Primark – Kingston upon Thames Redevelopment
RG have completed the new Primark Kingston upon Thames store, two years after work commenced on the this large and complex project.
The original phasing was for the existing store to remain trading whilst the extension was constructed, but during the early months of the reduced level dig works to the side extension we came across the first of many challenges that resulted in a 10 month delay on site.
Following this, and due to the unfortunate demise of BHS, it was decided to relocate the existing store into a temporary facility, this itself being a challenge as the BHS building was circa 40 years old and had not been maintained for 13 years, with no heating, hot water, ventilation or compliant Vertical movement or sprinkler system. With this we undertook a 4 week fitout programme calling in all favours to get the store up and running as fast as possible, whilst also making the building and services compliant to relative statutory requirements
Once the existing store was relocated to the temp store, work then began on the £26m project build comprising a two storey vertical extension and roof top plant area to the existing store footprint, a six storey side extension including an eight metre deep basement, the cutting away of the existing building to form a new four storey atrium and the removal of the front of the existing store to replace with a complete new façade.
Following the shell construction, we undertook a full fitout with new services, glazing and internal finishes in line with the Primark standards, including new vertical movement with the install of eight escalators and six lifts.
There were many challenges along the way, not least the archaeological activity that had to take place at the start of the project.
The site was a former Quaker meeting house where they were allowed to bury their own in their meeting house grounds. The Quakers identified 40 bodies to be exhumed. It actually worked out there were 116 in the ground as the majority were double or triple stacked. There was one grave in particular that we knew we would have to remove as she was buried under the foundation of the existing building, to be removed when we did our reduced level dig. Rather than just find one we actually located 16 graves in total. The graves were in varying states, a number of lead coffins, some remains with no coffins and some coffins that had been well preserved. The ages of the graves ranged from the 1860’s to the 1960’s.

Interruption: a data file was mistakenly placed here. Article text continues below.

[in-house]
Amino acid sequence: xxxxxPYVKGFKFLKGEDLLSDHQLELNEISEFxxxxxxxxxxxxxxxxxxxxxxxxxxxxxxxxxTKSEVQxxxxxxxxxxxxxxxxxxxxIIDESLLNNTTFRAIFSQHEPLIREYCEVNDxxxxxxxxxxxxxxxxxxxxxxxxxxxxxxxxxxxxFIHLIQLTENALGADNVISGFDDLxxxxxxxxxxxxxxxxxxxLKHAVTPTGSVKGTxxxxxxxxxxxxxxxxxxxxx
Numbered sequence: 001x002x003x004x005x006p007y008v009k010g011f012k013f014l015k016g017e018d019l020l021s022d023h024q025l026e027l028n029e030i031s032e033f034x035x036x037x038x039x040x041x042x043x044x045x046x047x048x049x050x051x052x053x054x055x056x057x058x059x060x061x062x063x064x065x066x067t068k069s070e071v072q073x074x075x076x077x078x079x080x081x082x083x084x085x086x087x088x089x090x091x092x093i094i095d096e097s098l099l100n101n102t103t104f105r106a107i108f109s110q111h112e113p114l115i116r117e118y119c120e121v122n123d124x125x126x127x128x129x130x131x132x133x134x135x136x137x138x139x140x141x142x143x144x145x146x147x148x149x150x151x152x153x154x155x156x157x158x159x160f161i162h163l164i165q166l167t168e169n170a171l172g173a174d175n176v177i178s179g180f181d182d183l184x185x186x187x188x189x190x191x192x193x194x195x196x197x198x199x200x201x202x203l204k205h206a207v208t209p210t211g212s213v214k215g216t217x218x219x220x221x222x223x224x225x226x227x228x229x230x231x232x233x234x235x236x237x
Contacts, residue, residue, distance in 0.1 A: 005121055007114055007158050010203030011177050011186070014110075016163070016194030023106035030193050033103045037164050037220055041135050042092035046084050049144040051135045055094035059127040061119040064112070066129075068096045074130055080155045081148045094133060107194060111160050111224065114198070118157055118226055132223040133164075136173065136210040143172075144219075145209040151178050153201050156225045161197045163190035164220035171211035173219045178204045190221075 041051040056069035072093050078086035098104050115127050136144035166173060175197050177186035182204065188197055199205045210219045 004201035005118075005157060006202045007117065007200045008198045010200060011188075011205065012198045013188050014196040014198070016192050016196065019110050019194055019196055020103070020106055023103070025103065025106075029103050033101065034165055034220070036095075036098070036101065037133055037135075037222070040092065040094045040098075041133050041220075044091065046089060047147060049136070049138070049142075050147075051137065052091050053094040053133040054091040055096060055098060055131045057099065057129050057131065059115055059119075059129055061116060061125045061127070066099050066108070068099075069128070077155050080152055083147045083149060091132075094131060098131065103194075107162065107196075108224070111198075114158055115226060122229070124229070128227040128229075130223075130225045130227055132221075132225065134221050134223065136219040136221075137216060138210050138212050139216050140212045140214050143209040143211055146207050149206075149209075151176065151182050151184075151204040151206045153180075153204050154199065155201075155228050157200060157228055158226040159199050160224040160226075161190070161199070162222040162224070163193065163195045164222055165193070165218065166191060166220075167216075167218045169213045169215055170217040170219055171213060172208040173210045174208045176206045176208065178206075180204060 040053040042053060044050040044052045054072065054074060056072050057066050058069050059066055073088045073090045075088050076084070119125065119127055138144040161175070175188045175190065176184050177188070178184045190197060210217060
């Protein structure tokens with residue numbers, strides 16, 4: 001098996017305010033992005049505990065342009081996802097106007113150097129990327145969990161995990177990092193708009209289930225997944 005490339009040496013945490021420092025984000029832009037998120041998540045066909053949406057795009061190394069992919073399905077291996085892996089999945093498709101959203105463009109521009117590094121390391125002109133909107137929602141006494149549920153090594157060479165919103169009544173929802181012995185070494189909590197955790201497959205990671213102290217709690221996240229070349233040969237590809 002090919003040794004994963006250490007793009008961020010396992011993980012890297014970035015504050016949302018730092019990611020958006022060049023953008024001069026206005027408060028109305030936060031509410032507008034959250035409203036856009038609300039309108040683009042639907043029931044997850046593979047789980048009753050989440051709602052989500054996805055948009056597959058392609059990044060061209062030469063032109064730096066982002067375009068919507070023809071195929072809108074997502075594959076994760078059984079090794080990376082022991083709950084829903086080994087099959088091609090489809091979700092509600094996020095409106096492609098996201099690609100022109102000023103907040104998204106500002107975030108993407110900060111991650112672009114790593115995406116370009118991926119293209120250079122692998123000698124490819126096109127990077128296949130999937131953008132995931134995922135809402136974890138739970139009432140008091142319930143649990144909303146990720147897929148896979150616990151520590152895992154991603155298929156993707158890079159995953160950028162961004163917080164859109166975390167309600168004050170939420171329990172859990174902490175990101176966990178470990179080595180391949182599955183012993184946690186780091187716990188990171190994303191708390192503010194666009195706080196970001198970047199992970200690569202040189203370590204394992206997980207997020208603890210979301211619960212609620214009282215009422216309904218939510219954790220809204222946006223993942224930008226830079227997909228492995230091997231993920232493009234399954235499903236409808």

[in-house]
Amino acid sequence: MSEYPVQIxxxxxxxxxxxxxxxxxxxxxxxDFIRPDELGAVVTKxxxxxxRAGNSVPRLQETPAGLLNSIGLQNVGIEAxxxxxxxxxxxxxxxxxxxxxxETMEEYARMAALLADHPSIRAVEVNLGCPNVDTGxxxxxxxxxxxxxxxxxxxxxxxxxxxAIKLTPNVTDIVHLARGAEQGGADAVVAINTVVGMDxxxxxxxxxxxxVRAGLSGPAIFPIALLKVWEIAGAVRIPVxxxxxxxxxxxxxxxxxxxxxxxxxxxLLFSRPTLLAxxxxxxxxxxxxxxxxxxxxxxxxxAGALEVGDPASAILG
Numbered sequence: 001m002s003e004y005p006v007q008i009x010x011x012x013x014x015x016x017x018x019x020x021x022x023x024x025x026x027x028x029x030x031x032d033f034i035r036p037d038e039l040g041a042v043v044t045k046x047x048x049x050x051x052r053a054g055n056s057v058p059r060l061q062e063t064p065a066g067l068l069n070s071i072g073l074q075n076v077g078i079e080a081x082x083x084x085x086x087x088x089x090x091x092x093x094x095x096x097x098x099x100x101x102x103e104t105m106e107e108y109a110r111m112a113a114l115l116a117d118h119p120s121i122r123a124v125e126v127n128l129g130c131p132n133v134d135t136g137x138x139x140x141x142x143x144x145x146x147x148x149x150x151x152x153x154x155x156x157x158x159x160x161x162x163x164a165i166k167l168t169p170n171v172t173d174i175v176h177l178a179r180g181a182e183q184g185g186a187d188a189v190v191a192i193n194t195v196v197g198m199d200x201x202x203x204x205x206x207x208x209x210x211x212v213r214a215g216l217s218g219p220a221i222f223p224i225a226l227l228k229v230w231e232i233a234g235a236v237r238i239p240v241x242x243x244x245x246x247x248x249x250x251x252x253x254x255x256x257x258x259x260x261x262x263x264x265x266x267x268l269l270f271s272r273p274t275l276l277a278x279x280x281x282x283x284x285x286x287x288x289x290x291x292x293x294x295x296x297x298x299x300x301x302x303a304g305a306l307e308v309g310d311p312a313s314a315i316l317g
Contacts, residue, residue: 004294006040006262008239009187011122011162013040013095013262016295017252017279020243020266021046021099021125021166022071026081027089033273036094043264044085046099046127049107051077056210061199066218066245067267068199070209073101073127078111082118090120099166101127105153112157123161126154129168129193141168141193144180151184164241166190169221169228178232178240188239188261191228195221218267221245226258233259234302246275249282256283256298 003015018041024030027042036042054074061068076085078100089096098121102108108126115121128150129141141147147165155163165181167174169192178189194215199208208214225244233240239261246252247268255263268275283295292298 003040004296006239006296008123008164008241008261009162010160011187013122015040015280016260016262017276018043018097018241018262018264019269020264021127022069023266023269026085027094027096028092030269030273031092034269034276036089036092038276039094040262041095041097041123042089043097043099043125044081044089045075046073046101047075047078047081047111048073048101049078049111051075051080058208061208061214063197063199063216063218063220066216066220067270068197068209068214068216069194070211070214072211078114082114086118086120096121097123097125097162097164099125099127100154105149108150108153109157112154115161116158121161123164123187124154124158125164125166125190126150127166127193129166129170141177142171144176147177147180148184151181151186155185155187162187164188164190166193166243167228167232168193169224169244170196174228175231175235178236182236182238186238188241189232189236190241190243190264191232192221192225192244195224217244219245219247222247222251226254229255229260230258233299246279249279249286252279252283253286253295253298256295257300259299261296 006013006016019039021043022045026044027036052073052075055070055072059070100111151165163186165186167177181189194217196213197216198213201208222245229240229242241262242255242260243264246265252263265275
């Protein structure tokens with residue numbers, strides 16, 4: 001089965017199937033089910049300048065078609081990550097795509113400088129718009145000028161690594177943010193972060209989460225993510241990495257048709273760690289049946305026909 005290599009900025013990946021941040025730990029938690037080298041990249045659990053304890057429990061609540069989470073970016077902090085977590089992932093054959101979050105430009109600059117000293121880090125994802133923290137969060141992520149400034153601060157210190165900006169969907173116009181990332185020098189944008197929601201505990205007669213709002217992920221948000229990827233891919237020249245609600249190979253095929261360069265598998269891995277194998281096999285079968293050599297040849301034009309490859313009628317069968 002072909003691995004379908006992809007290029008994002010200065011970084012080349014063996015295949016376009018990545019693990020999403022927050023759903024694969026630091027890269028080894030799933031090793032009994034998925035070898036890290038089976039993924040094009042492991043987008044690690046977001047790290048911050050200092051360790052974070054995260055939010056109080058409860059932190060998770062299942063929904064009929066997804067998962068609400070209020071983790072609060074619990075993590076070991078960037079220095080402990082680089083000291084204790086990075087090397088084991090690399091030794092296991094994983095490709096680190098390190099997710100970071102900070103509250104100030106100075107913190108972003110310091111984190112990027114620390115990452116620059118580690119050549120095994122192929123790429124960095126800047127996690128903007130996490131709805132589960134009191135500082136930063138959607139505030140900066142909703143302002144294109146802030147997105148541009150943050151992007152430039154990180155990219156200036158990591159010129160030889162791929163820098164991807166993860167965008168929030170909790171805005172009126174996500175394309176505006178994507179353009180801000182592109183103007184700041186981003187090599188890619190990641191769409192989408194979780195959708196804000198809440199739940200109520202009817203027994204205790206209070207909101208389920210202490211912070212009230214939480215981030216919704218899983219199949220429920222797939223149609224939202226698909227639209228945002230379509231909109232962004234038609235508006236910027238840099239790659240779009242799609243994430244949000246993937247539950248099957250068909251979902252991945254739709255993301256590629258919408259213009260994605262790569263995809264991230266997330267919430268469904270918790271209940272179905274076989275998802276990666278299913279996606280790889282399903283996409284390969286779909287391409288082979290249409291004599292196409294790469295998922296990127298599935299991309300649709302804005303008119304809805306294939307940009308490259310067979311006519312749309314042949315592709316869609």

The exhumations caused a number of delays including having to get a licence to exhume remains from the Ministry of Justice which had to be signed by the Secretary of State for Justice. This was at the same time as Brexit. Michael Gove was Secretary of State for Justice at the time but left after the referrendum result, causing further delays while a new Secretary was appointed.
Once the exhumations were completed work could continue on getting the store built and fitted out, and the whole team did a great job in getting it to completion, opening on Good Friday this year 2 years and 1 day after starting on site and only 4 months later than originally planned, pulling back 6 months with multi-working face processes. Well done on a great job!